From Bastogne to the English Channel

Tuesday, November 17, 2009
Noyelles Sur Mer, Picardie, France
This morning I worked in my room until mid-morning when it was time to leave for the 2 ½ hour drive to the home of Mr. Mrs. Gorisse who live south of Maubeuge, which is just south of the Belgian border at Mons.

It was a cloudy day with frequent rain showers, but nothing that slowed traffic . I arrived right at noon, and was surprised to see the addition of a sunroom onto the front of their house. It was very nicely done, and added some welcome space to their home.

We spent a very pleasant 2 ½ hours together over a delicious lunch: tapenade and mousse of salmon as an appetizer, macedoine of vegetables with smoked salmon as the first course, steak, braised potatoes and creamed mushrooms for the main course, a selection of cheeses including a wonderful fresh goat cheese, followed by a cherry tart for dessert. Two wines accompanied the meal, though we were careful to use them moderately.

We caught up on all the news, the new construction on the house, work situations, the situation in the Church both local and international, and we discussed national and family history. One of Mr. Gorisse's ancestors was a General in Napoleon’s army. And Mrs. Gorisse’s paternal grandfather died at Verdun in WW1 and is buried in the massive French military cemetery at the ossuary which I have visited many times including just recently with the group tour I guided in September. I shared what I know about our family origins: the first Meeker arriving in the New World in 1648, participants in the War of Independence on both my father and mother’s sides of the family and so on.

I was surprised to realize that it had been a year and half or so since my last visit. My travels are so frequent and I’m almost constantly on the go, yet there is so much to do that in spite of my best efforts my visits to particular areas or people are few and far between. At 2:30 we said goodbye, so that Mr. Gorisse could go back to work at the music school he directs. He would have classes until 9:00 that night. I started south toward Paris, but made a detour toward the coast that I have planned for my day tomorrow which will be my day off on this trip. I intend to visit a few sites of historical significance from the 100 years war, which occurred from the mid 1300s to the mid 1400s. So I drove to a small town near Abbeville on the Channel coast. I will spend the night here and tomorrow, if all goes as planned visit the battlefields of Crécy and Agincourt before going back to Paris for my flight to Bordeaux for the balance of this trip.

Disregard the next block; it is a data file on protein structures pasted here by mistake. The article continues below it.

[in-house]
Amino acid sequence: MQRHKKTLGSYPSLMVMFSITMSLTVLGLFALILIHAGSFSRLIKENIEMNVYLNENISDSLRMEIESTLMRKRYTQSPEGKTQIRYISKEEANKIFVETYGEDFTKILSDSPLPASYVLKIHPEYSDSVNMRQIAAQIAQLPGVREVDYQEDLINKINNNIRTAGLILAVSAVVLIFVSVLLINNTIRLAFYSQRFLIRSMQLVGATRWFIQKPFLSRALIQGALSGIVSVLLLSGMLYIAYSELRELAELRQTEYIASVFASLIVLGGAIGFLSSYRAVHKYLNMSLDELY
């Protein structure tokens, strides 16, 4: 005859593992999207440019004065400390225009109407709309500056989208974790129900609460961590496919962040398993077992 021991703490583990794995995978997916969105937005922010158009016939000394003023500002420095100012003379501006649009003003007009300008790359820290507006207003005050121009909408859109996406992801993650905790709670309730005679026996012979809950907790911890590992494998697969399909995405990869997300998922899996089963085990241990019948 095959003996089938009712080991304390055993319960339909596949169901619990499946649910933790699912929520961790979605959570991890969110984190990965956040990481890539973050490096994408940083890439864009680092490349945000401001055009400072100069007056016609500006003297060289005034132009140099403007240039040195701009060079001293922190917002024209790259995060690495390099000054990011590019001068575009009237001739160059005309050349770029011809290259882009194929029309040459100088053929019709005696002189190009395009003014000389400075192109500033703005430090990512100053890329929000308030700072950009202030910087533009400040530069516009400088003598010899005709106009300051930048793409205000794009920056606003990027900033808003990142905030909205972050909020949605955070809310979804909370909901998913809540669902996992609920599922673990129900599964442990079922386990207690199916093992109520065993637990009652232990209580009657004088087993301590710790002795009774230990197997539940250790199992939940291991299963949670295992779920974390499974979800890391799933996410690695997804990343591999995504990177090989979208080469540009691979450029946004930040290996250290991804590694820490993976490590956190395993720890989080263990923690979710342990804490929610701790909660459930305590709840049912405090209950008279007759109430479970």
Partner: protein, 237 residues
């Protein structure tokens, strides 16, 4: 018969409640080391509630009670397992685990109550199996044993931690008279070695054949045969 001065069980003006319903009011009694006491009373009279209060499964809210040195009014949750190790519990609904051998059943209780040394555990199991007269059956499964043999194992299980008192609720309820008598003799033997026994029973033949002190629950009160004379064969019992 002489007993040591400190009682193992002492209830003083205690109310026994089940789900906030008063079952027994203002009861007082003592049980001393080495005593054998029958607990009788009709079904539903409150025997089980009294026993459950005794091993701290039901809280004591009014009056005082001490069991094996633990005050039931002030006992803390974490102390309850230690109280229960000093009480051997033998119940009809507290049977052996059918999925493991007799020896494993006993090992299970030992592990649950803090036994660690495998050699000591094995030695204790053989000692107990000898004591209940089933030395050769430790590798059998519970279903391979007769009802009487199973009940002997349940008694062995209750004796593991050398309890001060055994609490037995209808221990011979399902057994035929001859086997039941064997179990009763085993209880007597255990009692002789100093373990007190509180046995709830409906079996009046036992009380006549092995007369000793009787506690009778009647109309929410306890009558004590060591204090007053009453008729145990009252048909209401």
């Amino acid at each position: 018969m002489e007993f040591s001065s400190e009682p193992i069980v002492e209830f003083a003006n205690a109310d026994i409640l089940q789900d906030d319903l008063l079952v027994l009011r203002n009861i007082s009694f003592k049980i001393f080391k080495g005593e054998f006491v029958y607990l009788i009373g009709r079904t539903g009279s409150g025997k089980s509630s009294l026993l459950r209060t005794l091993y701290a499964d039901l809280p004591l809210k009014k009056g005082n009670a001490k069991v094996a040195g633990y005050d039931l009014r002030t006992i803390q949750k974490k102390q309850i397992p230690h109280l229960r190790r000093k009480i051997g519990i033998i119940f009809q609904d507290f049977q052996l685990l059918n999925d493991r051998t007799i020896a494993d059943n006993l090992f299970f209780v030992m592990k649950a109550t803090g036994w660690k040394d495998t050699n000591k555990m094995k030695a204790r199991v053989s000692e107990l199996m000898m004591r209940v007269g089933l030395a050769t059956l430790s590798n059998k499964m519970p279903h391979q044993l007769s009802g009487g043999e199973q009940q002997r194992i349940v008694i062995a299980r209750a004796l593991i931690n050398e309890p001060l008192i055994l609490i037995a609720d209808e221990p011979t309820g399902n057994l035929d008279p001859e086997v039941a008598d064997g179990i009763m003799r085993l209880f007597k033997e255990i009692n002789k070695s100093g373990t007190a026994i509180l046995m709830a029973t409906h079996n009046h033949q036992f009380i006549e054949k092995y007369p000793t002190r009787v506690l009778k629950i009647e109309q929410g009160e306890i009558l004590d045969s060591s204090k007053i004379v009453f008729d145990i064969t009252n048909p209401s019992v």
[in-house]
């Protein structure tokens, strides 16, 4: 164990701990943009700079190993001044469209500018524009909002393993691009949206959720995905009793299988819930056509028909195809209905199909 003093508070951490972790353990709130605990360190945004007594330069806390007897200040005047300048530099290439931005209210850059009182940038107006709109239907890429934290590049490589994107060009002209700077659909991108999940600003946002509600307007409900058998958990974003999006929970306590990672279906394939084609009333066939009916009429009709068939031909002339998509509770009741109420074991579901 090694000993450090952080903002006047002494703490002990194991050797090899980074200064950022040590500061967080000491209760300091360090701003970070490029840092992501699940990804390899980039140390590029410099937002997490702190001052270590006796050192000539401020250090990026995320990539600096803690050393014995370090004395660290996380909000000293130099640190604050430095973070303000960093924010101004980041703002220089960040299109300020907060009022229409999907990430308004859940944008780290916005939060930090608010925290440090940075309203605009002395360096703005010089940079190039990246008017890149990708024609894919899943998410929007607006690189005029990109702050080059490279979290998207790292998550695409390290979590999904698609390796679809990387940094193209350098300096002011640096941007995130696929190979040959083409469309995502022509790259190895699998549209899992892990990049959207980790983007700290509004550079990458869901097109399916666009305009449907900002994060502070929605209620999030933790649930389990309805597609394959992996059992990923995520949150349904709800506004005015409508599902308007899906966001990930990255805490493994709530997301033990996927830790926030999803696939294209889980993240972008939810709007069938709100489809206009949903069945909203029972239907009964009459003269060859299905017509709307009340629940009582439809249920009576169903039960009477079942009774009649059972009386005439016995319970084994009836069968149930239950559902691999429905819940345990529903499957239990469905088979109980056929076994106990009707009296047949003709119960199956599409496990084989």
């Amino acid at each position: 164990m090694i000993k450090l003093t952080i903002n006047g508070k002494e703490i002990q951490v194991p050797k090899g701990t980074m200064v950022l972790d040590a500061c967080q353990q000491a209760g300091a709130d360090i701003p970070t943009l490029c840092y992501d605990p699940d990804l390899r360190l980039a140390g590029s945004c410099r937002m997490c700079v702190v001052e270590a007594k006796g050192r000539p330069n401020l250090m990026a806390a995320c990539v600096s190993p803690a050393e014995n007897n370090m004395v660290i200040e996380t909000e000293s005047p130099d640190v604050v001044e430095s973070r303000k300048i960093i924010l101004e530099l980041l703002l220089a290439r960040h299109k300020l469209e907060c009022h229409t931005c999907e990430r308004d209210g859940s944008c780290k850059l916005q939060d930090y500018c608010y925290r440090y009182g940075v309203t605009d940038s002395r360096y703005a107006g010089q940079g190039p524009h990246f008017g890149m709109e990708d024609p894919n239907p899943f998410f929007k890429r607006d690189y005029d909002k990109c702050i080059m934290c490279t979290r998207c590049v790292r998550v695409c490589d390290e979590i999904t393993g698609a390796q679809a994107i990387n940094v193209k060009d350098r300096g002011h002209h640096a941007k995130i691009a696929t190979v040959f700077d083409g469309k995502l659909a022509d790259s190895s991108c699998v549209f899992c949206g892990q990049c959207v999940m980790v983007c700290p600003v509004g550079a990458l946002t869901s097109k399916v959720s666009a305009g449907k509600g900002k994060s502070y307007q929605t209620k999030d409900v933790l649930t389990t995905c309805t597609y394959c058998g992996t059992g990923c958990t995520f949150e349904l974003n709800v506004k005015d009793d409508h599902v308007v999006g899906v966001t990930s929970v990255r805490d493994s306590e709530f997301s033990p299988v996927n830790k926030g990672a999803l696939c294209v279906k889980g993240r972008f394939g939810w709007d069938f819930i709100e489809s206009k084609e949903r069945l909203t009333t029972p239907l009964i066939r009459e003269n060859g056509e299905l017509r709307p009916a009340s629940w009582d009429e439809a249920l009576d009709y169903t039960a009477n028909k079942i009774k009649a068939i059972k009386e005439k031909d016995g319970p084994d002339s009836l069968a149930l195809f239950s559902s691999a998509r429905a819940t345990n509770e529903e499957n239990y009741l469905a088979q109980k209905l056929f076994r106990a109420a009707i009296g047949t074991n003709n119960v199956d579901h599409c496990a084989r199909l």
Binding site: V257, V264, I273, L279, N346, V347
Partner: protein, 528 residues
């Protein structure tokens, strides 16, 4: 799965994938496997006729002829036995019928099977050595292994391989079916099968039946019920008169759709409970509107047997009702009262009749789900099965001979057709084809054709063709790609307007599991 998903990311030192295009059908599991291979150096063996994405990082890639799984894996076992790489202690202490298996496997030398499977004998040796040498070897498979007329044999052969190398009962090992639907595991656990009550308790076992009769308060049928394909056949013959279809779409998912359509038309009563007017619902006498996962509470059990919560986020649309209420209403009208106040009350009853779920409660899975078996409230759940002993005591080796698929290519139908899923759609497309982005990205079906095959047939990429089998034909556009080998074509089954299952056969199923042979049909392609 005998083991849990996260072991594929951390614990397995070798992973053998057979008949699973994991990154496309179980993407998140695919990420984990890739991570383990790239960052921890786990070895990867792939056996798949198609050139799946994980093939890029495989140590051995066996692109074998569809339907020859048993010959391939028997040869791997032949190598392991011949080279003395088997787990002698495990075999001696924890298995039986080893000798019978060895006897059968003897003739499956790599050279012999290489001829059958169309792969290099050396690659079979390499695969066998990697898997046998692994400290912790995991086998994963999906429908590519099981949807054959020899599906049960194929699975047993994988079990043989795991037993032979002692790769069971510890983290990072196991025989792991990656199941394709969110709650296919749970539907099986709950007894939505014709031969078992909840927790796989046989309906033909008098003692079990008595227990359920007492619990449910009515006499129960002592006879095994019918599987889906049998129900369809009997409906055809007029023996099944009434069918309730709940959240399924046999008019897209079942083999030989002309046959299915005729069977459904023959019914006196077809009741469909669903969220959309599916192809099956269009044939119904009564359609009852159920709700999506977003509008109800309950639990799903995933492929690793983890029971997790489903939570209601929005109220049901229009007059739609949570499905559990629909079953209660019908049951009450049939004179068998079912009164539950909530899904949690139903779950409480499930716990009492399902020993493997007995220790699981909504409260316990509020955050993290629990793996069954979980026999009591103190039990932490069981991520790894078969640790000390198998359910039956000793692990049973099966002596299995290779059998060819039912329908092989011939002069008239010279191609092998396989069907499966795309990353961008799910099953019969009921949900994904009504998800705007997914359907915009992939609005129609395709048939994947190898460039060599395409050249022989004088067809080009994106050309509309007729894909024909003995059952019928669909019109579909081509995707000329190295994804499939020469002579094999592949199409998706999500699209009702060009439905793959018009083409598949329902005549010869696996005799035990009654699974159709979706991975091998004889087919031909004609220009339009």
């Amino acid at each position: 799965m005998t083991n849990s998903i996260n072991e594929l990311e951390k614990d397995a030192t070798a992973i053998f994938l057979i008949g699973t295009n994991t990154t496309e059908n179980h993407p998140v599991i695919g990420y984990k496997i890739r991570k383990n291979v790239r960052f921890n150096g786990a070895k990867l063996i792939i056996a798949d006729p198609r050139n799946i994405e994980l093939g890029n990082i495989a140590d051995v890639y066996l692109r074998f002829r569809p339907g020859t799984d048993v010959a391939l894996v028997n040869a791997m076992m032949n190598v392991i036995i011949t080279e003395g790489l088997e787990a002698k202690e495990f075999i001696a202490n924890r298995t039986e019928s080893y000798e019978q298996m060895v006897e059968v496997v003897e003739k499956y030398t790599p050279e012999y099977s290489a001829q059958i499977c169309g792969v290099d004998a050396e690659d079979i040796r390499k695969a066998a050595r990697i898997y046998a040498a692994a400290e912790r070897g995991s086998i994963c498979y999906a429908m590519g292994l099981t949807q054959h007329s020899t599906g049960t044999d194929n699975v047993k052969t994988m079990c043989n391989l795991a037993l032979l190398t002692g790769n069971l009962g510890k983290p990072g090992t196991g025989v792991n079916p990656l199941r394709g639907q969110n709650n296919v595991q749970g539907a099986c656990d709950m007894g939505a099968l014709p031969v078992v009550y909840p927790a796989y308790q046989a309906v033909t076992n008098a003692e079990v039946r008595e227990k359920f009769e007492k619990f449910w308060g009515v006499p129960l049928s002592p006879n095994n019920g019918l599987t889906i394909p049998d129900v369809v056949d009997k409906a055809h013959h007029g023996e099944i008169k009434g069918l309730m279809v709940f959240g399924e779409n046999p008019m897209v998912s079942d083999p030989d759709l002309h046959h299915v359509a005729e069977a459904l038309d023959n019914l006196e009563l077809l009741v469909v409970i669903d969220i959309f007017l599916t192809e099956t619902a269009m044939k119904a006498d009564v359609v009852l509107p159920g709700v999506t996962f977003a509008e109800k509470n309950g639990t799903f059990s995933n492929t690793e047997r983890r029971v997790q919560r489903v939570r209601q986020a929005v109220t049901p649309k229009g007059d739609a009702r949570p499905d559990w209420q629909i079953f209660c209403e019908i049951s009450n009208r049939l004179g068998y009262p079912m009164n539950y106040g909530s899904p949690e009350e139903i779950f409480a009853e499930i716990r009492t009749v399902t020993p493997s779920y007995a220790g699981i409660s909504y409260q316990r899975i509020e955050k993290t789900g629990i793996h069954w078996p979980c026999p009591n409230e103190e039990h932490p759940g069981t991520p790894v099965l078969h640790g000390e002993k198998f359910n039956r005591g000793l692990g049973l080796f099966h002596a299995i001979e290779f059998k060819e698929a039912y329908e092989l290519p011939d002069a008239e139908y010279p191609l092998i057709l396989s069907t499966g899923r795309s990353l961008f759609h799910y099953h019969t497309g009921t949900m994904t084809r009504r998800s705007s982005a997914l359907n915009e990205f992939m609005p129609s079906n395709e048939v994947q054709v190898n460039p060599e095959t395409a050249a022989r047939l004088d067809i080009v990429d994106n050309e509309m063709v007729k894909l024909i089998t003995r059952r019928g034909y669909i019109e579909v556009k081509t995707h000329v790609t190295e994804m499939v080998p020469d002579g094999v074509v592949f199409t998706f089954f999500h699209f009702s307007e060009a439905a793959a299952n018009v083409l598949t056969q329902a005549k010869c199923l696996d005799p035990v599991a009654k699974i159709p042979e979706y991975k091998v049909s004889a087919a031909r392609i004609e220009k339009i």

For dinner I drove to Sainte Valérie, where the Somme River reached the Atlantic. I found a little bar pizzeria, and ordered their special "Christmas" pizza (in mid-November!). I chose that because it made with magret de canard and foie gras, two specialties I enjoy very much. As I was eating I couldn’t help overhearing in the bar (which was only about 6 feet from me) two men who were having a rather intellectual conversation about world event as they sipped rosé wine. One of them wore a tweed jacket and had a pipe in his mouth, and held forth as an expert on the United States and what was happening there.

He obviously espoused Keynesian economics as most Europeans do, and our lack of doing so was at fault in our melt-down he explained. The sub-prime disaster was caused, he explained, by crafty, greedy bankers who, with dazzling promises, forced poor ignorant people to buy houses they couldn’t afford, against their will. Then they quickly sold the mortgages to other bankers to make a fast profit. Those bankers resold them again at a profit and so it went. He went on and on in this vein. I bit my tongue to keep from intervening and introducing them to Barney Frank, Fanny Mae and Freddy Mac. But it was their conversation and their world.

I had to admit that not too many of my fellow countrymen would have even such an imperfect idea of what was going on in any other country of the world, so I had to grant them that at least.

Finally they moved on to the subject of California wines, of which the expert explained, we had almost none of the white variety, only red. Some of them are pretty good; he went on, (although they’re really just varieties of French wines…).

Then they moved closer to home and discussed the relative work ethic of Corsicans (often reputed to be lazy), people from the south of France and Parisians. A third fellow who had apparently been at the bar for quite a while, judging from his speech, broke in to defend the southerners (he didn’t think much of Parisians), and the conversation became quite animated. It was a fascinating little window into French life and thought. I find situations like this quite absorbing.

And the pizza was excellent.

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